Oxford’s Trinity College has been criticised for agreeing to host a conference organised by the anti-gay group Christian Concern.

The Independent reports the ‘Wilberforce Academy’ event began yesterday at Trinity with a seminar on ‘How To Engage with Secular Culture’.

The conference is due to end on Friday and several students have complained to the paper.

Christian Concern caused controversy last year, when the event was held at Exeter College.

Oxford graduate Michael Amherst returned his Exeter College English degree in disgust at the decision of university staff to allow the conference to take place.

In a conciliatory move, Exeter College subsequently decided to donate profits from the controversial conference to LGBT organisations.

Christian Concern has a history of campaigning against LGBT legislation and is a staunch critic of the government’s pending same-sex marriage bill for England and Wales.

Its founder, Andrea Minichiello Williams, has also been listed as a director of the limited company behind the anti-equality Coalition for Marriage campaign.

Williams has previously been reported as saying: “It is time to stand up to a militant homosexual lobby who are unable to tolerate difference of opinion and who seek to coerce behaviour and thought.”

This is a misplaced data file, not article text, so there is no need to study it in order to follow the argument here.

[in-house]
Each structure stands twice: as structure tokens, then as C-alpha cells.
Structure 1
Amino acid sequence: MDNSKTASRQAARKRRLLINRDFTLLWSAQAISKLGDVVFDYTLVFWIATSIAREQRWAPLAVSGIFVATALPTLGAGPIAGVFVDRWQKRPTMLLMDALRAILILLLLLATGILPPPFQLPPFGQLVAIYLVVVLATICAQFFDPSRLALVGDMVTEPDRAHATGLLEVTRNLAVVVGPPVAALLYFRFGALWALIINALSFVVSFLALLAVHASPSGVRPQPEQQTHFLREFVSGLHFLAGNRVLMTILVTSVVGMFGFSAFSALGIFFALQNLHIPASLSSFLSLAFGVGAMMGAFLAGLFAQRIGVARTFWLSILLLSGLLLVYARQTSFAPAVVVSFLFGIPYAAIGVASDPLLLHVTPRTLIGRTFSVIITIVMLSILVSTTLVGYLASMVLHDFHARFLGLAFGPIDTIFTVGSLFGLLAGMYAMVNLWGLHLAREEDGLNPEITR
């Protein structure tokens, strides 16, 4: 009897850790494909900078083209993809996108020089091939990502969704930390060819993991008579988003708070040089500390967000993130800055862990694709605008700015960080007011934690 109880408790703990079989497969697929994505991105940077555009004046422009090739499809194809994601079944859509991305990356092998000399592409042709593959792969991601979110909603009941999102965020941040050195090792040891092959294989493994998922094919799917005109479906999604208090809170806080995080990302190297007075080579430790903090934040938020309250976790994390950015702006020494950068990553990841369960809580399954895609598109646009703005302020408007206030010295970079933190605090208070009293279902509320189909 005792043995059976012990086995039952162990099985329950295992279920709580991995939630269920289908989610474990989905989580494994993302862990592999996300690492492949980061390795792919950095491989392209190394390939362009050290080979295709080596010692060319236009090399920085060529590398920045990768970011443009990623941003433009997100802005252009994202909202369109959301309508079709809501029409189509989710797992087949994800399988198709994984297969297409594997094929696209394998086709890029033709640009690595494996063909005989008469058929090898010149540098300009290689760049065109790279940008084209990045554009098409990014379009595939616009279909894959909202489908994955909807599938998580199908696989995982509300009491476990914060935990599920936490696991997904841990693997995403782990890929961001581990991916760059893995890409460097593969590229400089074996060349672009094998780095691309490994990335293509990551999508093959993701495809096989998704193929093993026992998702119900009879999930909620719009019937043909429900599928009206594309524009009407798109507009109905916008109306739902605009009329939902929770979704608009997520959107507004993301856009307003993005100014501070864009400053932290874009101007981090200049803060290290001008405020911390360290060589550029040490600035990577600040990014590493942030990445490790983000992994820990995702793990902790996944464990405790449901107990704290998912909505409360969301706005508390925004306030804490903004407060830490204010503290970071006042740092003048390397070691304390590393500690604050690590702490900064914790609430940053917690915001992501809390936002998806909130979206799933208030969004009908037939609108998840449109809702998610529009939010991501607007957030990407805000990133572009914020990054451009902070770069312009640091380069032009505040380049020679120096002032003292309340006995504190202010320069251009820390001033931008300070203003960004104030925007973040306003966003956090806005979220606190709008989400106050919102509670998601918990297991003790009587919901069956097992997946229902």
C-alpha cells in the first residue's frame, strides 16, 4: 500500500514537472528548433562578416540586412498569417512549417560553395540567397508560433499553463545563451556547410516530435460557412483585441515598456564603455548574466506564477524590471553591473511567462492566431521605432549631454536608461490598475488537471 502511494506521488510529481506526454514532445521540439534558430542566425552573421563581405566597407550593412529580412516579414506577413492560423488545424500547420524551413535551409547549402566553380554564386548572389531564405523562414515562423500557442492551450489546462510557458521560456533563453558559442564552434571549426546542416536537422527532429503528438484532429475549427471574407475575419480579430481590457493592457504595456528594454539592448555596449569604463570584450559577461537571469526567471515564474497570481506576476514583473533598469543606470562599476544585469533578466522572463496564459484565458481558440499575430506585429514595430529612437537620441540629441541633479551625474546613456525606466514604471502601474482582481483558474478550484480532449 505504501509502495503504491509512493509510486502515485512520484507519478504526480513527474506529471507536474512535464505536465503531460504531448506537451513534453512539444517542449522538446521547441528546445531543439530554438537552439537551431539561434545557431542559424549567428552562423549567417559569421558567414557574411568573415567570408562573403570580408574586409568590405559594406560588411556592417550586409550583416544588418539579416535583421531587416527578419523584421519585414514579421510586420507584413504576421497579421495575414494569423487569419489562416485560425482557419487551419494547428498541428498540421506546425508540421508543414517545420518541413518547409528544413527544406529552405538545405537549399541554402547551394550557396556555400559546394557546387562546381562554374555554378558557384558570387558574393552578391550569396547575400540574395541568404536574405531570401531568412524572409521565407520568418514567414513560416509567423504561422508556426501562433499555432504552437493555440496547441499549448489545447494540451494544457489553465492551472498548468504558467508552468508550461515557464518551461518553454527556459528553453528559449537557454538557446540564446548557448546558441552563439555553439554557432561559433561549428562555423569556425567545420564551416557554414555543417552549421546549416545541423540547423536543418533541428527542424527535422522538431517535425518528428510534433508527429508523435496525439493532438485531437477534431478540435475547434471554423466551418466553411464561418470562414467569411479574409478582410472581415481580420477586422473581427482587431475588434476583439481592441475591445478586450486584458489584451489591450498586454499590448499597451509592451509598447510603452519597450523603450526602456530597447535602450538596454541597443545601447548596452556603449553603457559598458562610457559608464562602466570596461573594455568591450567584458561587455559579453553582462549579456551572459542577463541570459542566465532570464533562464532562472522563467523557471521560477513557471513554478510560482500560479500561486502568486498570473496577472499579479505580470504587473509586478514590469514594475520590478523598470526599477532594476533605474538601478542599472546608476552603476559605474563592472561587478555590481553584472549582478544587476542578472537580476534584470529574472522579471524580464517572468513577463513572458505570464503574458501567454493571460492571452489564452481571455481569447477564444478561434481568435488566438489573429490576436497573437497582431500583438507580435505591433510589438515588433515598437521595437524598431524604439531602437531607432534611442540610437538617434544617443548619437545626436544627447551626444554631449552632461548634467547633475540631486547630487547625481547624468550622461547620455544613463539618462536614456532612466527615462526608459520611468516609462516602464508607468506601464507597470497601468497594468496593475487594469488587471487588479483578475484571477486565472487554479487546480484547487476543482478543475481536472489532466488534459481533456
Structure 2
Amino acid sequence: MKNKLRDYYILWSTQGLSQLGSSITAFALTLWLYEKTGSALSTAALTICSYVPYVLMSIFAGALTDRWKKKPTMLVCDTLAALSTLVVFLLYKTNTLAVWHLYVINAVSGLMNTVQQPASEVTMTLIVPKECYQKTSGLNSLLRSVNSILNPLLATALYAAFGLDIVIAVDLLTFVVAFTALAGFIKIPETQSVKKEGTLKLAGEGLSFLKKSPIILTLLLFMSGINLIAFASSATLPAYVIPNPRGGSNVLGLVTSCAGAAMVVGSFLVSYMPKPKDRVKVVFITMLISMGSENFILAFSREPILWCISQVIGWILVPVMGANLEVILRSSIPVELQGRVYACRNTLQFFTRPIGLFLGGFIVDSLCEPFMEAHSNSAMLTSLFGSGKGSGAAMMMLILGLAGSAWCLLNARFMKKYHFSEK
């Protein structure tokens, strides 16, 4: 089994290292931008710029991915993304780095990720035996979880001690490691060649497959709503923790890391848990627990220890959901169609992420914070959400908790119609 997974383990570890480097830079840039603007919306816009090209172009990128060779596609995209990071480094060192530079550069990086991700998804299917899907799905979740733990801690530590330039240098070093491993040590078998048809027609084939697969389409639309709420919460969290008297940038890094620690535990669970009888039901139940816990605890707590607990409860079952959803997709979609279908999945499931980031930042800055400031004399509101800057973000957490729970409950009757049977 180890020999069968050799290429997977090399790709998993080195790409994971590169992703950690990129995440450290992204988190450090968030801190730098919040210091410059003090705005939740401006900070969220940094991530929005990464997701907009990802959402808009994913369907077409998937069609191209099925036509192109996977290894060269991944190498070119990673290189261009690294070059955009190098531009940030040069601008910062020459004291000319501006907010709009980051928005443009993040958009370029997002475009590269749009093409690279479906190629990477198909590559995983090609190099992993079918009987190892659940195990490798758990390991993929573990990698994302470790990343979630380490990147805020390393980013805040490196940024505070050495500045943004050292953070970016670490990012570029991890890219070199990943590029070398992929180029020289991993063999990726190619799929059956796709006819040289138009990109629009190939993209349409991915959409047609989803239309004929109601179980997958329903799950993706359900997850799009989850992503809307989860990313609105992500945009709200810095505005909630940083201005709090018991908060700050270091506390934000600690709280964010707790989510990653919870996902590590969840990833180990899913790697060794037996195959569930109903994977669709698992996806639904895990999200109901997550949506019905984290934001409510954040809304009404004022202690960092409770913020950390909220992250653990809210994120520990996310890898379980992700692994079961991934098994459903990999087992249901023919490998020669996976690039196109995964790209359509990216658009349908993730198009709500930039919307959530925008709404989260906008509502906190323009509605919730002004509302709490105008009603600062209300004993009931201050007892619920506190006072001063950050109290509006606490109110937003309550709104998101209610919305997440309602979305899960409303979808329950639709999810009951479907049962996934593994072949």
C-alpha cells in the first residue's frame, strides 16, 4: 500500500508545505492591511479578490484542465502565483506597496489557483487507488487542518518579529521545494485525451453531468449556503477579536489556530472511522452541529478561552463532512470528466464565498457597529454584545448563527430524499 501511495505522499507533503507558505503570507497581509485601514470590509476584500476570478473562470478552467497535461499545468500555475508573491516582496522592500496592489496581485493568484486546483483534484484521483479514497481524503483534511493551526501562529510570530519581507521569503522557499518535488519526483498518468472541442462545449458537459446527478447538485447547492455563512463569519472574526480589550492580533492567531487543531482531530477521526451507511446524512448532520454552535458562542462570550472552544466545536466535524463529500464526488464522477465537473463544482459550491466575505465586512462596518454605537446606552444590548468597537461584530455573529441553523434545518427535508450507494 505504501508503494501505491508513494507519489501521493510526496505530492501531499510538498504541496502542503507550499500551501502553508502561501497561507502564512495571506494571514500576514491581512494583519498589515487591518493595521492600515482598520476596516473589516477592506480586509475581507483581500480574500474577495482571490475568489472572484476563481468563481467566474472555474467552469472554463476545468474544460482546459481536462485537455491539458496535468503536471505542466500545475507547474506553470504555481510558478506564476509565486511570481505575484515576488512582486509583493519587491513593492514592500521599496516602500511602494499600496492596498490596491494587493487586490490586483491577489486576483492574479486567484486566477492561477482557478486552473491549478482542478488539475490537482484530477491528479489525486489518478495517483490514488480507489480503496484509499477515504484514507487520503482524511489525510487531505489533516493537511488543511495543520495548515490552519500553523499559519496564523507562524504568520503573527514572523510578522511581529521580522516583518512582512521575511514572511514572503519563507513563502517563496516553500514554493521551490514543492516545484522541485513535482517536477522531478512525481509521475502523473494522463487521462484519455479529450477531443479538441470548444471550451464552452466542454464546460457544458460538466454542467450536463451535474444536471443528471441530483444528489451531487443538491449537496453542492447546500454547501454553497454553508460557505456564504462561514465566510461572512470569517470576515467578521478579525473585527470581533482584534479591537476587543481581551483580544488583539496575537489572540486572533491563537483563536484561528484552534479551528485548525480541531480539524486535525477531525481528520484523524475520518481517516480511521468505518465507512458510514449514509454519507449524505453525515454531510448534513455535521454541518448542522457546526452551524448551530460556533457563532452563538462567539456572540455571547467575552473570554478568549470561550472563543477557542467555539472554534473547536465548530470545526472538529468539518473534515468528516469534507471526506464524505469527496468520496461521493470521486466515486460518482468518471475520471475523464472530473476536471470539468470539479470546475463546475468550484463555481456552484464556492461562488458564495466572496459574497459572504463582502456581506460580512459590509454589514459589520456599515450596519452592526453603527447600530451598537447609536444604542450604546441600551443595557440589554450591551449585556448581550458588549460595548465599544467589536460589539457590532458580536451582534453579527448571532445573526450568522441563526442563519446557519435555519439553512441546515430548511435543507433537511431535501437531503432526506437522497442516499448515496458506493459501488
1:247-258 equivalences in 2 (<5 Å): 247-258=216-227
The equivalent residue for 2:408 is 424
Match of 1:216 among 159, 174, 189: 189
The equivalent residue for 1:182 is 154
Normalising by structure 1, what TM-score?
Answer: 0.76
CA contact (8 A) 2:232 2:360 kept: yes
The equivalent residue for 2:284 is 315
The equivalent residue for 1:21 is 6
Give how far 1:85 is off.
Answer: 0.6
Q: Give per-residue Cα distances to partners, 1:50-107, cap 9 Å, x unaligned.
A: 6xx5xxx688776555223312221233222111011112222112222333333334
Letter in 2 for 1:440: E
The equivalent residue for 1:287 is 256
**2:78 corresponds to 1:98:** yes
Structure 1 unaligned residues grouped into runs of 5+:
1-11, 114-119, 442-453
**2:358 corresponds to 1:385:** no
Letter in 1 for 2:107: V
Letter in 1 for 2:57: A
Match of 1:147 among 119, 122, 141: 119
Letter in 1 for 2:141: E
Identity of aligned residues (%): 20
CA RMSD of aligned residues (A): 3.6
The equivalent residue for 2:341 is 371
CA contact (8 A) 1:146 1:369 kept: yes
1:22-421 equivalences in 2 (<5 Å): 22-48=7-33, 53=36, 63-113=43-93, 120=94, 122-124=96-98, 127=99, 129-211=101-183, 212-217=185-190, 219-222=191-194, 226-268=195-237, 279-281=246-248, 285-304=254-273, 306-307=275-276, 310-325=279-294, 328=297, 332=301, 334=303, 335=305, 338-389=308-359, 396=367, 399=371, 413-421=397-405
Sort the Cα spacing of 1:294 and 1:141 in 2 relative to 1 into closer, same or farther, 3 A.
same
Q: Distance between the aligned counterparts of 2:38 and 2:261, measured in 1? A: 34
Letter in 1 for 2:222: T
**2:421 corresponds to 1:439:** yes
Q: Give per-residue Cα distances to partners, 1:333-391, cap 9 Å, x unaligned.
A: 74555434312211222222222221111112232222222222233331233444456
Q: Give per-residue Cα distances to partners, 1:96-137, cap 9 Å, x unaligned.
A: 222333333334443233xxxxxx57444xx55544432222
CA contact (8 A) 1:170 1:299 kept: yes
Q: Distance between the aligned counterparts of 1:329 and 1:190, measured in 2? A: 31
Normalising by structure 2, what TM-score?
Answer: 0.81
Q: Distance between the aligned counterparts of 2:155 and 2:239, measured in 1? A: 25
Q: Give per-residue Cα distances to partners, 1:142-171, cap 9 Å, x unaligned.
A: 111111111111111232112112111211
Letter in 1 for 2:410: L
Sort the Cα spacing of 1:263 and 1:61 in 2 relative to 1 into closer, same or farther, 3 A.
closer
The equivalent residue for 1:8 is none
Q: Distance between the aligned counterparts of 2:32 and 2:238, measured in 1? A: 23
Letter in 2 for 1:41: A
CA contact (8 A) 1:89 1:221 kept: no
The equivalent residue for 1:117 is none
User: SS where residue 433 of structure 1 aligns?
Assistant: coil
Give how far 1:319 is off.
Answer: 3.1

However, she has disputed claims of homophobia by saying: “Nothing could be further from the truth, we have immense love for every human being”.

“It is wrong to portray us as an organisation that is motivated by any hatred,” she added.

Christian Concern also lists Islam as a concern on its website.

Ivor Roberts, the president of Trinity, told the Independent that he hadn’t heard of Christian Concern before this morning, and that he had “no idea there was anything controversial about them”.

“Christian Concern is a neutral name,” he said, and in seeing that the organisation had the support of former Archbishop of Canterbury Lord Carey, added: “the conference people booked it accordingly”.

In November of last year, Lord Carey accused politicians of ‘plundering’ the institution of marriage at an anti-equal marriage rally.

Mr Roberts confirmed that he already set up a review into how the college selects its conference partners, to make sure that its ‘policies of equality’ are followed in the future, but would not be drawn on donating the proceeds to charity.

Christian Concern’s sister organisation, the Christian Legal Centre, has been fighting to overturn last year’s decision of Transport for London to ban homophobic adverts from being displayed on buses in the capital.

In January, the Oxford Union hosted a debate on same-sex parenting.

The outcome of the debate was that a motion in support of gay parents was passed by a large majority.

Arguing for the motion, the winning team of the debate, was PinkNews.co.uk and Out4Marriage founder, Benjamin Cohen, gay rights activist, Richard Fairbass of the band Right Said Fred, and Phyll Opoku-Gyimah of Black Pride UK.

Debating against the motion was Peter D Williams of Catholic Voices, anti-abortion activist Anthony McCarthy and anti-equality activist, Lynette Burrows.